WASHINGTON, Aug. 30- The Chesapeake Bay Watershed, an area under pressure from the Environmental Protection Agency to reduce water pollution, will become a site of conservation experimentation through a collection of grants announced by USDA’s Natural Resources Conservation Service on Aug. 22.
The 2011 Conservation Innovation Grants (CIG) provide funding for conservation projects in 40 states. Eight of the approved grants support project development in the Chesapeake Bay Watershed with a total of $3.8 million in grant money.
The grants are allocated throughout the states that include the Chesapeake Bay, all for various pilot projects that combine conservation with more efficient farming strategies.   The largest award is a $1 million grant to AviHome, LLC in Georgia for the construction of a vented (plenum) flooring system. The system will reduce ammonia (NH3) emissions, energy use, and dust and particulate matter while improving feed conversion in commercial poultry houses.
In Delaware, Maryland, Pennsylvania, Virginia and West Virginia, more than $800,000 is granted to the National Fish and Wildlife Foundation to help farmers convert manure to energy with goals to generate income and improve water quality in phosphorous hot spots in Chesapeake Bay. 
Other grants include one to Pennsylvania State University for implementing and marketing environmental stewardship on small farms and equine operations and one to the Maryland Department of Agriculture for drainage system management practices, among others. 
“One of the reasons we carved out some dollars for the Chesapeake Bay CIGs project is because USDA recognized that improving the health of waters in the basin is a priority for the President and Secretary of Agriculture,” said USDA Deputy Under Secretary of NRCS, Ann Mills. “We’re encouraging folks with innovative ideas to speak to improving water quality.”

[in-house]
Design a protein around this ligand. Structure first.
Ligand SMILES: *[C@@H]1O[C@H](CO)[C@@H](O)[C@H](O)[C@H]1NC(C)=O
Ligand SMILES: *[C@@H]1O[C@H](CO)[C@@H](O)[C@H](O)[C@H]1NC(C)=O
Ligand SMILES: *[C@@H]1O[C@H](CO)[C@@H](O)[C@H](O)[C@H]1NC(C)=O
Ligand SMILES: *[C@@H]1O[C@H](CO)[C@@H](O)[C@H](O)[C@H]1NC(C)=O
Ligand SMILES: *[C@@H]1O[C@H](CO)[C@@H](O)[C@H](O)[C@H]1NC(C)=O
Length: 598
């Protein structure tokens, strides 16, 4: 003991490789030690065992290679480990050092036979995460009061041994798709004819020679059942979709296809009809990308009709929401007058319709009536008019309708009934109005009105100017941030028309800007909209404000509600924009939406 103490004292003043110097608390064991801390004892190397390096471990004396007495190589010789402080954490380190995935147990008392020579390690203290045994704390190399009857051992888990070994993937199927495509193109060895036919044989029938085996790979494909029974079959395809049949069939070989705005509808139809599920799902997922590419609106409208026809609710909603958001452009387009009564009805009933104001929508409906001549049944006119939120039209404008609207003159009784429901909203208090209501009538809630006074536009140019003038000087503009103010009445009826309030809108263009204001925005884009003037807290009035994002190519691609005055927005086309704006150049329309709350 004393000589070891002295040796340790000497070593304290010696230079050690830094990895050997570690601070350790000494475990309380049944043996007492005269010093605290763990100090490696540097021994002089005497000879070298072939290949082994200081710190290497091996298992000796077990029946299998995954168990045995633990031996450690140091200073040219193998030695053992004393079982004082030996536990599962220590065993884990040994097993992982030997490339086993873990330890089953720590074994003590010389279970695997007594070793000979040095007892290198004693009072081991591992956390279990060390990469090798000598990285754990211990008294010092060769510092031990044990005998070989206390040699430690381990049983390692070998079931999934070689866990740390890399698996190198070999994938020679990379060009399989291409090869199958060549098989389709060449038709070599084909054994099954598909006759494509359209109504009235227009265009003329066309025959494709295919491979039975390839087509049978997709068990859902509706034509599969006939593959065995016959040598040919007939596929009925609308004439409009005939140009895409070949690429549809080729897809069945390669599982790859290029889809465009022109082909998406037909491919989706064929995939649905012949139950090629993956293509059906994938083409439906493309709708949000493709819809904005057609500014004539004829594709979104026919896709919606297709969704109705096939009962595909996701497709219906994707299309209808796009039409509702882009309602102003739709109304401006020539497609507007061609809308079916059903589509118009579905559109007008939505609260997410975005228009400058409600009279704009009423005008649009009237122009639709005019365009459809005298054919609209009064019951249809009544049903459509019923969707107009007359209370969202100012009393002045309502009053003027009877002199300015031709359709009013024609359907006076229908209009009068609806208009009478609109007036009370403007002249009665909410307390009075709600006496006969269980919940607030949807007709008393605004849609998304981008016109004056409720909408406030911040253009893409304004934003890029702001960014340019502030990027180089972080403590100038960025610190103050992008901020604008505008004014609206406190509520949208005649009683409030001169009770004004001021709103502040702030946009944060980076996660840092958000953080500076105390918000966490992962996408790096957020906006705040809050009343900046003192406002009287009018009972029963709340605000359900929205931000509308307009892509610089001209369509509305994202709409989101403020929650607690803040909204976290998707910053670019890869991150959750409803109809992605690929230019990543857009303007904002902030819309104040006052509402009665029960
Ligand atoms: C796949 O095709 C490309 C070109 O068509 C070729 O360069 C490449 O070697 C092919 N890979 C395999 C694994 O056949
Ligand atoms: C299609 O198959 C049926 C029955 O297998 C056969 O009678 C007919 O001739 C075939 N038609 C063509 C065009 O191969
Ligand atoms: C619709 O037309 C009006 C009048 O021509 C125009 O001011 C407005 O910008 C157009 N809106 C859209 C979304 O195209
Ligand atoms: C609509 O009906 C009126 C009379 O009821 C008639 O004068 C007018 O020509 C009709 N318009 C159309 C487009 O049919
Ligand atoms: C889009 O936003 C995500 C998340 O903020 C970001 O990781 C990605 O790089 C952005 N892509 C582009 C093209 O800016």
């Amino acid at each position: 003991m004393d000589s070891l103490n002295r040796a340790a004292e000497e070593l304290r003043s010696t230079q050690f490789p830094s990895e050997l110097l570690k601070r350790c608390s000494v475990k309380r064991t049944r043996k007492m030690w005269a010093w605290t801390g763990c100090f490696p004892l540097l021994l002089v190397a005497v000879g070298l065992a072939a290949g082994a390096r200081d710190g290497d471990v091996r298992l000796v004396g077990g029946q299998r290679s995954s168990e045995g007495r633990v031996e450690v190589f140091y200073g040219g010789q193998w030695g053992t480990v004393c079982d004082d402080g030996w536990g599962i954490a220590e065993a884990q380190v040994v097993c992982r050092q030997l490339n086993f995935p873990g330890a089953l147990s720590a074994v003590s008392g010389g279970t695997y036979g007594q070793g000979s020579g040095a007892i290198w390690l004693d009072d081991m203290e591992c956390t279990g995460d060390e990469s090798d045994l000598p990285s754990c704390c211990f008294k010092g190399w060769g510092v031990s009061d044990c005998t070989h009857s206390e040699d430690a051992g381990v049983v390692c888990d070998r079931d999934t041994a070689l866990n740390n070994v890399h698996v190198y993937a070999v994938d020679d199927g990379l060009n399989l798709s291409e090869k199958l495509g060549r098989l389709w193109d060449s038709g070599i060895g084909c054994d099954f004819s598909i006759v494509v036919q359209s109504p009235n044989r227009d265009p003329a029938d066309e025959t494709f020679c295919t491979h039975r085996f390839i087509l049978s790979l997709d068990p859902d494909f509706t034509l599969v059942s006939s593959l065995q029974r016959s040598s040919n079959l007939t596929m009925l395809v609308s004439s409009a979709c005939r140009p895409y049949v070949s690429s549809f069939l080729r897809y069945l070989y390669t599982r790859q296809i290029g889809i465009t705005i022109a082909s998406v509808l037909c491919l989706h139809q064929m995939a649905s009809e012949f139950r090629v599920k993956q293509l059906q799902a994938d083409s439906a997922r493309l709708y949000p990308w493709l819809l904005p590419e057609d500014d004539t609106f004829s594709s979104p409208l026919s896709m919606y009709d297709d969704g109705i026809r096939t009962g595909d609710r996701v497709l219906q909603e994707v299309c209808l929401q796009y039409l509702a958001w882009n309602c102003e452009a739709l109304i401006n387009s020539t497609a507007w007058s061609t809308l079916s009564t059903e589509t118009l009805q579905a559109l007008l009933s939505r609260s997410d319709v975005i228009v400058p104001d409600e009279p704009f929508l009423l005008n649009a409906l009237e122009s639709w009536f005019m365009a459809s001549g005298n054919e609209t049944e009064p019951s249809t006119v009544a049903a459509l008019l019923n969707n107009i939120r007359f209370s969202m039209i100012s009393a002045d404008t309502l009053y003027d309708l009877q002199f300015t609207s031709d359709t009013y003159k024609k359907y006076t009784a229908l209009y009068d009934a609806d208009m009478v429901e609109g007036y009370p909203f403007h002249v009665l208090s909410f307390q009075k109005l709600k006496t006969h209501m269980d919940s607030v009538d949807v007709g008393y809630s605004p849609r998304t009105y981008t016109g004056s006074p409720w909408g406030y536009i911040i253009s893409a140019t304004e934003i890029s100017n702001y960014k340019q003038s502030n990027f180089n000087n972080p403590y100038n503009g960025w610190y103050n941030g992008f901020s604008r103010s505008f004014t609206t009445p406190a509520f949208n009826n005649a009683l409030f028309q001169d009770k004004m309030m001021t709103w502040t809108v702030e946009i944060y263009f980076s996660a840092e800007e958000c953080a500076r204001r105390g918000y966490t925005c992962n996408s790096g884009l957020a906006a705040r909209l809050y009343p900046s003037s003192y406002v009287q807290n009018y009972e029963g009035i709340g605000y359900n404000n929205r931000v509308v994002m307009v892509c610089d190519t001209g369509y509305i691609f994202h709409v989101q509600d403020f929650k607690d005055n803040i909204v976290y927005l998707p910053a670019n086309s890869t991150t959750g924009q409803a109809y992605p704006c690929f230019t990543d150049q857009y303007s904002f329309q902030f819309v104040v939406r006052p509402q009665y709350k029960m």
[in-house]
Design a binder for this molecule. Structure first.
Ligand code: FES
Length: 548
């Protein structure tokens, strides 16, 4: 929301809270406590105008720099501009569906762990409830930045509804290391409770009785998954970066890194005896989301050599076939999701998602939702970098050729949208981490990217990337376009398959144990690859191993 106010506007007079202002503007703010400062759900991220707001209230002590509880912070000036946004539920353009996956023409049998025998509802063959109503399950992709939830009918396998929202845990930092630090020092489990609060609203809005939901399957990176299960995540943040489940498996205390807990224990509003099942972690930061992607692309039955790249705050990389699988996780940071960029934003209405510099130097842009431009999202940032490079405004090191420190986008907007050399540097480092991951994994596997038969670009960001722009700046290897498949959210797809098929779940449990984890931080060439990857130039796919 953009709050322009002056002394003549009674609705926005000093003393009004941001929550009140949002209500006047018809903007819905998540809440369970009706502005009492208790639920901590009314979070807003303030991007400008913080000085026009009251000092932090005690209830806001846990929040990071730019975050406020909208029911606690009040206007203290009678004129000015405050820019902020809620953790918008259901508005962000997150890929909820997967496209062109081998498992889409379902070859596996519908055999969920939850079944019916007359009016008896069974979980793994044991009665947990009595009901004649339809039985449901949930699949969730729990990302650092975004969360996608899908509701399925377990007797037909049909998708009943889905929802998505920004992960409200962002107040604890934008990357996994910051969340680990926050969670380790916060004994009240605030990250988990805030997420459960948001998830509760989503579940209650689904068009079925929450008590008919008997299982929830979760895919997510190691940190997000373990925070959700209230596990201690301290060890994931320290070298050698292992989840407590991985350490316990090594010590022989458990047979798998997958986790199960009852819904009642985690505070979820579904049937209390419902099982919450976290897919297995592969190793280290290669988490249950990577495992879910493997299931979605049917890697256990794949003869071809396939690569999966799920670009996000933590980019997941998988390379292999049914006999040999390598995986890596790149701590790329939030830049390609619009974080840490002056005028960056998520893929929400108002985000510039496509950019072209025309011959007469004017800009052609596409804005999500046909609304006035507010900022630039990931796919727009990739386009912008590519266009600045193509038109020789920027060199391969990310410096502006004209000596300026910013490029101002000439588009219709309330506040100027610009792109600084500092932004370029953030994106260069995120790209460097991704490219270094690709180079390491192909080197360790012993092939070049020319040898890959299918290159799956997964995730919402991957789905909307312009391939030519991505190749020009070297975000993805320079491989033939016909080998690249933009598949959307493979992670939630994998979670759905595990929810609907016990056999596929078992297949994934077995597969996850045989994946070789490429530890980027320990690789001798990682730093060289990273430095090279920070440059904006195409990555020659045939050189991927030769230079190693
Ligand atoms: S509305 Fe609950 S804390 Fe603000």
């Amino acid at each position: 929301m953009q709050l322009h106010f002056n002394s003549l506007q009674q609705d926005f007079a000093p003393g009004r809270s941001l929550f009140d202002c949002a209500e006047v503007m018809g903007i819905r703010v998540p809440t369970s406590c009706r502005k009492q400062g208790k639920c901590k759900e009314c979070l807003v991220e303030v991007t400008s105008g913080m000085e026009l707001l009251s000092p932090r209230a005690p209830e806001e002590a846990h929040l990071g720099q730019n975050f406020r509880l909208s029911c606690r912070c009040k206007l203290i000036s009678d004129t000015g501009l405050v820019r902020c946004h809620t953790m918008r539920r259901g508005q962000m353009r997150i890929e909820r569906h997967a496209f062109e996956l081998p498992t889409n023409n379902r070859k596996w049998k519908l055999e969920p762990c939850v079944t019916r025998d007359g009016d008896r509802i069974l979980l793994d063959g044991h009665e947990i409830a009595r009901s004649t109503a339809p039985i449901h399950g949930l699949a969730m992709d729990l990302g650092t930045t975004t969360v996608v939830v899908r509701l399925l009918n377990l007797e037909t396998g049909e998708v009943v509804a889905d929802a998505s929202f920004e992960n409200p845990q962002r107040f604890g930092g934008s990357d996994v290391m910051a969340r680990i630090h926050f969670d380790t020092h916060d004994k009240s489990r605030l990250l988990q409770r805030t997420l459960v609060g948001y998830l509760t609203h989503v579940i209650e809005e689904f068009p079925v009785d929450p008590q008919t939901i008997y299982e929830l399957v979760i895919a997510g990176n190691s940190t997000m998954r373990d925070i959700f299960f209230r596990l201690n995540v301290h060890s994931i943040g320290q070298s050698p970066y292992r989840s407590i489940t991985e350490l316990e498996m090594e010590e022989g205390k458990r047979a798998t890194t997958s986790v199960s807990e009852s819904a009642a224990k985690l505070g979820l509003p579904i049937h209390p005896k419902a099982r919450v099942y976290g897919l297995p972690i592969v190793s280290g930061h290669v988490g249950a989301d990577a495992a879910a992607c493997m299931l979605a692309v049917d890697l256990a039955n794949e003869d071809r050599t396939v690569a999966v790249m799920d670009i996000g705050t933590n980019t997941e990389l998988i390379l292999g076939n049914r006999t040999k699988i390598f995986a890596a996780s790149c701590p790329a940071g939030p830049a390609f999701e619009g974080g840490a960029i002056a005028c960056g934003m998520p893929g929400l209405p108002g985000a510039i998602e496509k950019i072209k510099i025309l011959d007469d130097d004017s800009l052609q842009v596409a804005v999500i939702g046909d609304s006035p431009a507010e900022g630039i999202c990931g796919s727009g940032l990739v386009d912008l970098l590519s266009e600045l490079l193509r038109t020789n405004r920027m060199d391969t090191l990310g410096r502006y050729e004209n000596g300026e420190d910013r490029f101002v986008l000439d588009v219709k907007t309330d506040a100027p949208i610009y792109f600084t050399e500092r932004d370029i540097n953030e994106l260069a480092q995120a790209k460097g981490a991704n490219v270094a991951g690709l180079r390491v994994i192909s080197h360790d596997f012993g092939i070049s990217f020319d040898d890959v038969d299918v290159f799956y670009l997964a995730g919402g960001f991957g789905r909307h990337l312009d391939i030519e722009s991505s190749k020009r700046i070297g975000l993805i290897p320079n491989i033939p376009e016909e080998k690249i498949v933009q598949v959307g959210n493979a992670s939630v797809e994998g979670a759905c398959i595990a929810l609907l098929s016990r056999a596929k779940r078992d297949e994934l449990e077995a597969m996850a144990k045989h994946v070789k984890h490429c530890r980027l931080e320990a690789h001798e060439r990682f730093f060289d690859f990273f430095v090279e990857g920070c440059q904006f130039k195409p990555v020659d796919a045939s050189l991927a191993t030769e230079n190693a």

Mills said USDA has been working with other federal agencies under President Obama’s Chesapeake Bay executive order to assist farmers in using these technologies for reducing nitrogen and sediment flows into the bay. She said these projects will help farmers in the bay area to reach the EPA’s water quality edicts, or Total Maximum Daily Load (TMDL). 

The Environmental Protection Agency (EPA) established TMDL regulations by setting limitations on the amount of nitrogen and phosphorus nutrients and sediment going into the Chesapeake Bay. 

According to information from the EPA, more than 40,000 TMDLs have been completed across the United States, but the Chesapeake Bay TMDL is the largest and most complex. It is designed to achieve significant reductions in nitrogen, phosphorus and sediment pollution throughout a 64,000-square-mile watershed that includes the District of Columbia and large sections of six states.

“We think that 21st century conservation is going to be largely driven by farmers and ranchers to be tremendous stewards of the land,” Mills said. “Regardless of what other federal agencies are doing, we think conservation is here to stay and we think it’s an important part of the nation’s food security and water security. As we all know, farmers and ranchers care deeply about their resources and they’re always going to want to do what’s right by the land.”

Mills described these grant awards as pilot projects, which give producers the opportunity to work with experts by addressing what methods best reach their conservation needs. She hopes this will provide opportunities to find what works and to eventually use the most successful conservation methods on a wider scale.

For more information about the Chesapeake Bay Watershed CIG’s go here.

For more details on Chesapeake Bay area TMDL’s set my EPA, go here.


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